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Tell HN: AI legal contract review is already screwing up
16 points by Kon-Peki 8 months ago | hide | past | favorite | 11 comments
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I had lunch with a lawyer friend today, who told me that their morning was surreal. At their meeting to go over the latest contract draft, the client introduced new AI software they had purchased (who is selling this???) and its list of recommended changes.

Every single recommendation was worse for the client, and after explaining the reasons, the call lasted longer than it normally would have, so the bill to the client was higher. The lawyer asked if AI was really that stupid, or if their contracts were really that amazing, because then they should be charging a lot more for them.




> who is selling this???

I would bet money the software is querying GPT4 with a prompt like "Please analyze the contract below and recommend improvements..." Then they turn around and market it enough to make a crypto company blush.

Maybe a very thorough finetune on a massive legal corpus from your jurisdiction, hooked up to a good database, would make something interesting. But I doubt anyone has done this so quickly.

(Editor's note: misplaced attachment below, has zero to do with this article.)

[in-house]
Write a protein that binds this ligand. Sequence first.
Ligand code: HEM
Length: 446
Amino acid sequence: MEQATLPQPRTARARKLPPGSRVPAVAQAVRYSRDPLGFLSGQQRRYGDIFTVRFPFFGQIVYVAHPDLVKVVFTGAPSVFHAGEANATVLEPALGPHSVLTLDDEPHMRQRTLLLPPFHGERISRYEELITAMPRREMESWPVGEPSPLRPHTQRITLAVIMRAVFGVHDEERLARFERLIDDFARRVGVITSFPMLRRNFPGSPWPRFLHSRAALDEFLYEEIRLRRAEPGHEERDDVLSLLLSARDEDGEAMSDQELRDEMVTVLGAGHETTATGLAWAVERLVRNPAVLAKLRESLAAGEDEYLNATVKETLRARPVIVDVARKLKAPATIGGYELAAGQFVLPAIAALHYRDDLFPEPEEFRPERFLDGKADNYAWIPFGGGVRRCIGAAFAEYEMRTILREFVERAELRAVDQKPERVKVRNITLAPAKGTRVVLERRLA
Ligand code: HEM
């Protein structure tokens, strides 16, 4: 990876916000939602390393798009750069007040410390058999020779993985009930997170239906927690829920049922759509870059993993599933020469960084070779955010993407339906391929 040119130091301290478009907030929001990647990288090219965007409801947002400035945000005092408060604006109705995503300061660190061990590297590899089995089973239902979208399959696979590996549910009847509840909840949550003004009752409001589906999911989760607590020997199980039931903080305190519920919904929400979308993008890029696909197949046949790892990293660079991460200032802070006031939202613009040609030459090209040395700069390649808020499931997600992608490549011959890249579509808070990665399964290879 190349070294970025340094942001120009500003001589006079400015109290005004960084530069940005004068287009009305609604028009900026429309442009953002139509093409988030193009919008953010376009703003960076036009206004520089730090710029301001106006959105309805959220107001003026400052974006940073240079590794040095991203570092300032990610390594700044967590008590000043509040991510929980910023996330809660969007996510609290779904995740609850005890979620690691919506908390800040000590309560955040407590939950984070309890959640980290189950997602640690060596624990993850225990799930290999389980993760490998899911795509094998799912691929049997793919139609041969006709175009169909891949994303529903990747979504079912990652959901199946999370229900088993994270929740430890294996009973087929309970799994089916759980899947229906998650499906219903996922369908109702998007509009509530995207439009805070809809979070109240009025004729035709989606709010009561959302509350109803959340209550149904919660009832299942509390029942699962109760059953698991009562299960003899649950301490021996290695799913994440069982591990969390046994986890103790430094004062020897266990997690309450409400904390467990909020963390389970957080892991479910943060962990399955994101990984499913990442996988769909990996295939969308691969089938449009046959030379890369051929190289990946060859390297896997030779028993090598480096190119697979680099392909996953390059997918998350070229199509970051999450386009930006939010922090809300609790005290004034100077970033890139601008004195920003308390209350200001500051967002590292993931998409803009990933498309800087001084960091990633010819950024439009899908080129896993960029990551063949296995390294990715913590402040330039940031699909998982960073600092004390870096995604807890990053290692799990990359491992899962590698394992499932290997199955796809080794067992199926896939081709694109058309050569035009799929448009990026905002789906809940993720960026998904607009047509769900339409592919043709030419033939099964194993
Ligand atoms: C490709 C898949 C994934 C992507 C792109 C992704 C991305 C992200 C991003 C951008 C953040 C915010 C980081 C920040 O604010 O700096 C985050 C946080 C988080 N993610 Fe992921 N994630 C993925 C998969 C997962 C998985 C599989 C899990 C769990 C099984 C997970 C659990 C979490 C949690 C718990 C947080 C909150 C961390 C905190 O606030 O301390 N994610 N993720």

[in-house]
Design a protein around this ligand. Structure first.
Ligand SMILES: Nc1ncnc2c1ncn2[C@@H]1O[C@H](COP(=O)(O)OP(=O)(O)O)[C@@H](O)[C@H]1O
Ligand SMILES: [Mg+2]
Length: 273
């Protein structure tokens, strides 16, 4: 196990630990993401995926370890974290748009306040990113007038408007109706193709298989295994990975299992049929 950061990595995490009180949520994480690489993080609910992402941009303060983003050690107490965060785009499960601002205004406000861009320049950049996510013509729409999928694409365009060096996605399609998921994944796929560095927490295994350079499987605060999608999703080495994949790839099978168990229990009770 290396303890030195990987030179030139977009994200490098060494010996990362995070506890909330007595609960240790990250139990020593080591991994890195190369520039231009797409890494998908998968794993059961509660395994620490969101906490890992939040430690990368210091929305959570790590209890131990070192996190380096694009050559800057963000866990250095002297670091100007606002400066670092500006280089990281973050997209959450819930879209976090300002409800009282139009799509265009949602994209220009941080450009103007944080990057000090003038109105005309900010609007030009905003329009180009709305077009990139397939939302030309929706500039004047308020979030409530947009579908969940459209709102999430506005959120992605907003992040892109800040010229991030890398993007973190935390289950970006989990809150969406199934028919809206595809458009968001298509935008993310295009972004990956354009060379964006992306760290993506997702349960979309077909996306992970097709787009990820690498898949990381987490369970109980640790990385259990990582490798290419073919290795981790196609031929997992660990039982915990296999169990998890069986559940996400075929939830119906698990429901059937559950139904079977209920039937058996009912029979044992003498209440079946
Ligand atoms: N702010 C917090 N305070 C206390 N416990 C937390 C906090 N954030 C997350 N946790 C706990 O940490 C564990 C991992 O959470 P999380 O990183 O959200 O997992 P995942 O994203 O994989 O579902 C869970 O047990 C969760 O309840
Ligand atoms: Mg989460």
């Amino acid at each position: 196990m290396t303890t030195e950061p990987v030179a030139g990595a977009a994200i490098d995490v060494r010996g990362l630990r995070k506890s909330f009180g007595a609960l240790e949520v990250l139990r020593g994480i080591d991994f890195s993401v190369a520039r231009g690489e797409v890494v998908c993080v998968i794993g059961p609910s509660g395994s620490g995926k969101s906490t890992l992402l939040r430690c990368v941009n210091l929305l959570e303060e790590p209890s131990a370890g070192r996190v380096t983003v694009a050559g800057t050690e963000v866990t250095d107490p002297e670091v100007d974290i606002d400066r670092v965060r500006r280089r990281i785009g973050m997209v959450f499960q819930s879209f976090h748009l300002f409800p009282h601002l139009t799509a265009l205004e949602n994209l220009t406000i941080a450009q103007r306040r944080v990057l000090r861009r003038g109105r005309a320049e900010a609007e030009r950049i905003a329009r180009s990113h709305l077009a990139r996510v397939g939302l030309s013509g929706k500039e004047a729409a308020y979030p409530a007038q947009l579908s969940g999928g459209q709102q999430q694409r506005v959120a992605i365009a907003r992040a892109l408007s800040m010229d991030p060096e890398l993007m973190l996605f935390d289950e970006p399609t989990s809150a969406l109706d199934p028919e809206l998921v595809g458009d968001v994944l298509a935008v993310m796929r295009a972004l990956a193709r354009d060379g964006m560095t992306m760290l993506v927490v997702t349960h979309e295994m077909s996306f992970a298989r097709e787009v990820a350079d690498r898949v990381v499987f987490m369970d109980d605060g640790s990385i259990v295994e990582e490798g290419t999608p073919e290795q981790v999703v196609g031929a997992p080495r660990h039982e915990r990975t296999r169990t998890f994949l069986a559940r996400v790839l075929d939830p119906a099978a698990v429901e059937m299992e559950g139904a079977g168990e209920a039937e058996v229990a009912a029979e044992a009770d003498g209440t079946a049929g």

Well. Reading legal contracts is definitely brain burning. I have talked to lawyers about the AI contract summary idea as well. Probably you want to start with some standard simple contract targeting individual customers first.


I read twice what you wrote and I still don't understand what is going. Who did what ?


Company A hires lawyer to write a contract between Company A and Company B.

Company A runs contract through AI software, which recommends changes.

Lawyer spends a lot of time explaining to Company A that the recommended changes are beneficial to Company B and detrimental to Company A, and charges $X for every 6 minutes of explanation time.


Lol, this is funny. Thank you for clarification. Lawyers win either way.


You know, it just hit me: either side can file a lawsuit over a contract. So "plaintiff" and "defense" are not deterministic in terms of who wrote the contract and who agreed to it. How can an AI that is trained only on court transcripts make any inferences on what is good for which party?


the same goes for copilot and other code assistants in the end, it will be more expensive to use AI copilots for writing code instead of just writing the code. it's still early on and people will take a while to catch up.


I'm not sure if I understand this completely either...


What was the AI software?


Probably Harvey


TLDR: AI snake oil software pretending to be a lawyer wasted more time and money after hallucinating worse recommendations for the client which a human could have done without it.




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